Once a determination of a withdrawal is made by the College, the financial aid office will calculate the return of Title IV funds according to federal regulations and will promptly notify the withdrawn student in writing if there are any changes in financial aid funds. The financial aid office will request the business office make any refund payment due to the appropriate federal program and the student account will be charged. If the student withdraws during the post-withdrawal period, the financial aid office will recalculate aid in accordance with the federal regulations and a new award letter will be issued to the student. For post-withdrawal disbursements of loan funds, the financial aid office will provide the student/parent the opportunity to cancel all/part of the loan. In accordance with federal regulations, return of funds is allocated in the following order: Unsubsidized Direct Loan, Subsidized Direct Loan, Plus Loan, Federal Pell Grant and Federal Supplemental Educational Opportunity Grant (FSEOG).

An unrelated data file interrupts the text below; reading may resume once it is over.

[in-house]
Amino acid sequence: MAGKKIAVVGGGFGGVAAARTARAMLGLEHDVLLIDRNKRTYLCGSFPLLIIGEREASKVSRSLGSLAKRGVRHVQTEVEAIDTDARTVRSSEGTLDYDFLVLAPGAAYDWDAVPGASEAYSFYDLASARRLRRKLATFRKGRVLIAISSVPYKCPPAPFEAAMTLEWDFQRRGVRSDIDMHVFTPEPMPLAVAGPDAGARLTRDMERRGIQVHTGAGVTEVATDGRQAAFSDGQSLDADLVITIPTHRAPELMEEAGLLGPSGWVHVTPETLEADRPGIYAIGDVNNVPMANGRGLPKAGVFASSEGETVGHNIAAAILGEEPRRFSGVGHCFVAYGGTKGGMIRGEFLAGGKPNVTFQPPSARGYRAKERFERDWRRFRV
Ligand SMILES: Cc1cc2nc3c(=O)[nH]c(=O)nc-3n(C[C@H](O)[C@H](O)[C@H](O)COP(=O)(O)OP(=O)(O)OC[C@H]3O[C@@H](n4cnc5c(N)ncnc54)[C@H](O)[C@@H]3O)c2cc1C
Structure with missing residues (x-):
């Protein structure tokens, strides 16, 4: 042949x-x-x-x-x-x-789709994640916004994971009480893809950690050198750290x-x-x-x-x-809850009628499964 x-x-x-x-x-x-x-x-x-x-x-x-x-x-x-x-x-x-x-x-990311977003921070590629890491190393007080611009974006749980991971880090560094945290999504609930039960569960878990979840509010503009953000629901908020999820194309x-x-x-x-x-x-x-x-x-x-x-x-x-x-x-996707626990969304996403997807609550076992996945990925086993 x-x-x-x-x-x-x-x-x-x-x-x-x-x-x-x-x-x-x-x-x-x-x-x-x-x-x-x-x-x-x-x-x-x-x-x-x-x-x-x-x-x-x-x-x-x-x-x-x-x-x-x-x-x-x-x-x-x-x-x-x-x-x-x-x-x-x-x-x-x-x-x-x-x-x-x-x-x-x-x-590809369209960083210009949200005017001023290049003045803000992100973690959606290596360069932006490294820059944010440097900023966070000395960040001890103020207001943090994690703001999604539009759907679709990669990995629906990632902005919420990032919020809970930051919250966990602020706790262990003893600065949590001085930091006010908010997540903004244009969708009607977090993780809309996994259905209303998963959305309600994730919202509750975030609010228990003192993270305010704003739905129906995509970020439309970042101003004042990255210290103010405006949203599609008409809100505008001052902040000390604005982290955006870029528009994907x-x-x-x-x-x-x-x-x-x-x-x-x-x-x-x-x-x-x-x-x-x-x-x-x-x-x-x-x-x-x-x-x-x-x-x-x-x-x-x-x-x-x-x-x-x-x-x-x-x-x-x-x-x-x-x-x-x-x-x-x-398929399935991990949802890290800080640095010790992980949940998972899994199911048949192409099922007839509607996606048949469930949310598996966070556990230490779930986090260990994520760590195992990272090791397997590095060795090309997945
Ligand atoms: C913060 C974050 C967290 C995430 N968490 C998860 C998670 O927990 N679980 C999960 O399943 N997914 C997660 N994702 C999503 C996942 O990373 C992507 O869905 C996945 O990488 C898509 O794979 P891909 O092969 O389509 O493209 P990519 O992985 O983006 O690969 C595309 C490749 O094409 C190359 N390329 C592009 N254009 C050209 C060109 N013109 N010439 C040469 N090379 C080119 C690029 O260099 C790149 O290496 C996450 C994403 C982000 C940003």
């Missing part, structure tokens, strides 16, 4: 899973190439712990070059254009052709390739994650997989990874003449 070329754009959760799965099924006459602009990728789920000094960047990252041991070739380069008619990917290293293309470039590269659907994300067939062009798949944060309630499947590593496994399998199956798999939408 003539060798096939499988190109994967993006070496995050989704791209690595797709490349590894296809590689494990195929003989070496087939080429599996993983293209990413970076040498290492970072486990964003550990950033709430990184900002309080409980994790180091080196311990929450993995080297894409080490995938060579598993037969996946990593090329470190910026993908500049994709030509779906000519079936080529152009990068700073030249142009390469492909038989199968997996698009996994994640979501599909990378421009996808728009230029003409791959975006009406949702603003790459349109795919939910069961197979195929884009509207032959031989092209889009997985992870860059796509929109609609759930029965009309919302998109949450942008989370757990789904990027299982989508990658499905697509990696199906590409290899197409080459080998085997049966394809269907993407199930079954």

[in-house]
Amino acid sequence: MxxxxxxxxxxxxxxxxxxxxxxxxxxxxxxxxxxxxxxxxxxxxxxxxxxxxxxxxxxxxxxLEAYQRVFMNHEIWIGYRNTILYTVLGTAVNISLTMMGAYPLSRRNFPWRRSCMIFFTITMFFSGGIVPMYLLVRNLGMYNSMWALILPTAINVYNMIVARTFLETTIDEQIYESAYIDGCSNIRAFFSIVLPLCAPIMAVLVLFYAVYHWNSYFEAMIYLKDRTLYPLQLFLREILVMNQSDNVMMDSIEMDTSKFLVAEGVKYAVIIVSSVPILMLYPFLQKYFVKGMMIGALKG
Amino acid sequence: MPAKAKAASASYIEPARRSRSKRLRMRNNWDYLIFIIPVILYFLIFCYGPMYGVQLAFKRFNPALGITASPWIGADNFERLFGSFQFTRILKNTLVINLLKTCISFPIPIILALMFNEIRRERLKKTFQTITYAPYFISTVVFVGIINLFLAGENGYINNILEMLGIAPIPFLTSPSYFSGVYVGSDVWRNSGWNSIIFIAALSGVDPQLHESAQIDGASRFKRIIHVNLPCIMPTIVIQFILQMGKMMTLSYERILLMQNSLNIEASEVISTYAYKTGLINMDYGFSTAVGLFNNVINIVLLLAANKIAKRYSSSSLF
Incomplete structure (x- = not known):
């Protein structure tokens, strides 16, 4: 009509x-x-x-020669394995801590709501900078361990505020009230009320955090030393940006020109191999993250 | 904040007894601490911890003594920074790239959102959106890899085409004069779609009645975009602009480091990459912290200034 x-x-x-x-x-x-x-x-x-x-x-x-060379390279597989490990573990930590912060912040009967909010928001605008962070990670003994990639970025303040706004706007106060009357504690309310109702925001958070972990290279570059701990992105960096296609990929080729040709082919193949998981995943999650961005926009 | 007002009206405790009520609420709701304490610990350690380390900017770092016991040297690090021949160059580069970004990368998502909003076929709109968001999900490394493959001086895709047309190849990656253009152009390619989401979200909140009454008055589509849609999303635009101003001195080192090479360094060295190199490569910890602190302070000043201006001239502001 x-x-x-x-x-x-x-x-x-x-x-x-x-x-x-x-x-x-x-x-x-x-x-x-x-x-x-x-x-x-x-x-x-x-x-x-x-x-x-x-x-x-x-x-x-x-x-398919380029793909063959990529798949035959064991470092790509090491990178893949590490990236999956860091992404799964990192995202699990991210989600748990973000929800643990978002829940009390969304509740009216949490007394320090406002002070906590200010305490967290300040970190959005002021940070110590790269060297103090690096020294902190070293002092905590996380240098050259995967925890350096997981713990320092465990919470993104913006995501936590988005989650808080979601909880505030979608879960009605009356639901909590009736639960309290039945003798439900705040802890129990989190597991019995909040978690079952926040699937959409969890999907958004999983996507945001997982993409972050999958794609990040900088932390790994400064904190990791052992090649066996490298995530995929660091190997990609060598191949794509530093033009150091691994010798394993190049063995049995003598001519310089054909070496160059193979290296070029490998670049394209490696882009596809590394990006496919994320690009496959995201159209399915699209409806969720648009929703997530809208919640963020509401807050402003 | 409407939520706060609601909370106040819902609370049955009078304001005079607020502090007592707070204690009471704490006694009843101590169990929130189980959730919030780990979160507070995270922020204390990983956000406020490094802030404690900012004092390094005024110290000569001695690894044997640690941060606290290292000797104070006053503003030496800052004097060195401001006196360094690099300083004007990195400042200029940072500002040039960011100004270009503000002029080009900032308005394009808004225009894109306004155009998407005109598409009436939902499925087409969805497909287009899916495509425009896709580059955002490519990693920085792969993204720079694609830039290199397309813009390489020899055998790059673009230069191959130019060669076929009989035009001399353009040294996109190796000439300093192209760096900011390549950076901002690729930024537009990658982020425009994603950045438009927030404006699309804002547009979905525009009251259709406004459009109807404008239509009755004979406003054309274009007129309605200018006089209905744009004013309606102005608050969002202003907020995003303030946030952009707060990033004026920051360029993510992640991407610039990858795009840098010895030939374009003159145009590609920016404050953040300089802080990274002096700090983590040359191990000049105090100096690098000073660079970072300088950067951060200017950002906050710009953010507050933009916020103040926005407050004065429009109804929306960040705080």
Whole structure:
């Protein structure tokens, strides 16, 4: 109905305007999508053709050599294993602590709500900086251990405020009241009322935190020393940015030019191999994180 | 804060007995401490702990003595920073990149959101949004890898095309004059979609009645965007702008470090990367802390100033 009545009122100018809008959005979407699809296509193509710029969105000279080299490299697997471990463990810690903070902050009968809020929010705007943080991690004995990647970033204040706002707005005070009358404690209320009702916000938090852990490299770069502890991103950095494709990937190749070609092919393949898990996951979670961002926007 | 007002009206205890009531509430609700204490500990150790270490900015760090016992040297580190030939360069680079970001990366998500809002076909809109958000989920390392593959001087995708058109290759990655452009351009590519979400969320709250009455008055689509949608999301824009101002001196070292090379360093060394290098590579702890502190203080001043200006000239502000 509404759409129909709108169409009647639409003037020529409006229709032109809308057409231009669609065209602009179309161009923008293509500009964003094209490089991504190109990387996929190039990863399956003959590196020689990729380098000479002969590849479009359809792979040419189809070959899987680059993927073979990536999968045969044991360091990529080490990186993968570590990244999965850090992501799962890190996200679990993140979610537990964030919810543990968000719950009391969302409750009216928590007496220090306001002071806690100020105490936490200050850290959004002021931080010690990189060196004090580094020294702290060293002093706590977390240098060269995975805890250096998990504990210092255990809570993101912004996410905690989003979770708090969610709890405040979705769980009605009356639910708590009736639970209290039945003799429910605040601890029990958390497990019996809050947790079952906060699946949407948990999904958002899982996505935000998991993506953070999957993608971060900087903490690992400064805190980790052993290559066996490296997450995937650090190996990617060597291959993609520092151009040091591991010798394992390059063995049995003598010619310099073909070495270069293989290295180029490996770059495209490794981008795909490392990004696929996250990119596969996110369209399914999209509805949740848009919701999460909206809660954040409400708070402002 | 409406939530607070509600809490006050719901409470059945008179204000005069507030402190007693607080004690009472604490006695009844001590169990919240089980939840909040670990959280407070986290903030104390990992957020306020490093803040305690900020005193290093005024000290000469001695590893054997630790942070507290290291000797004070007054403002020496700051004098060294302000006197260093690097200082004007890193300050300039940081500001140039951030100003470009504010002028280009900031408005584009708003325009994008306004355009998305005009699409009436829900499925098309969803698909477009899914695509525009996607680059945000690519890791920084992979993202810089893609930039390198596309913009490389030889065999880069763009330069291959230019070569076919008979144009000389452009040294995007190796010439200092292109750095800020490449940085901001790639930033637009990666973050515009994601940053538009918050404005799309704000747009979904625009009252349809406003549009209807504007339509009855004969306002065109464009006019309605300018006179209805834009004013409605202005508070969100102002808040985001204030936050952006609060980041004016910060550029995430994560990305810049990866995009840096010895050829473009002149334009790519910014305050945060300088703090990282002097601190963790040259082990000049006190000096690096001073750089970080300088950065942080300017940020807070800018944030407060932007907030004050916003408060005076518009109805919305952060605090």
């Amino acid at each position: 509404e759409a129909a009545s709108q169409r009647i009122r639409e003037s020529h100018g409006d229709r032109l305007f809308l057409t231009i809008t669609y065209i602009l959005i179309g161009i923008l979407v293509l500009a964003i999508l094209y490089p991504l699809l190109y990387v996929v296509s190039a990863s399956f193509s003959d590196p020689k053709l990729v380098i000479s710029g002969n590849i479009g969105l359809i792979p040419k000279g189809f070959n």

Further details for the calculation of the return of Title IV funds are available upon request from the financial aid office or the business office.
Institutional Refund Policy
Refunds for tuition charges for each semester will be made according to the following schedule:
Timeframe: Within 1st week of class
Timeframe: Within 2nd week of class
Timeframe: Within 3rd week of class
Timeframe: After 3rd week of class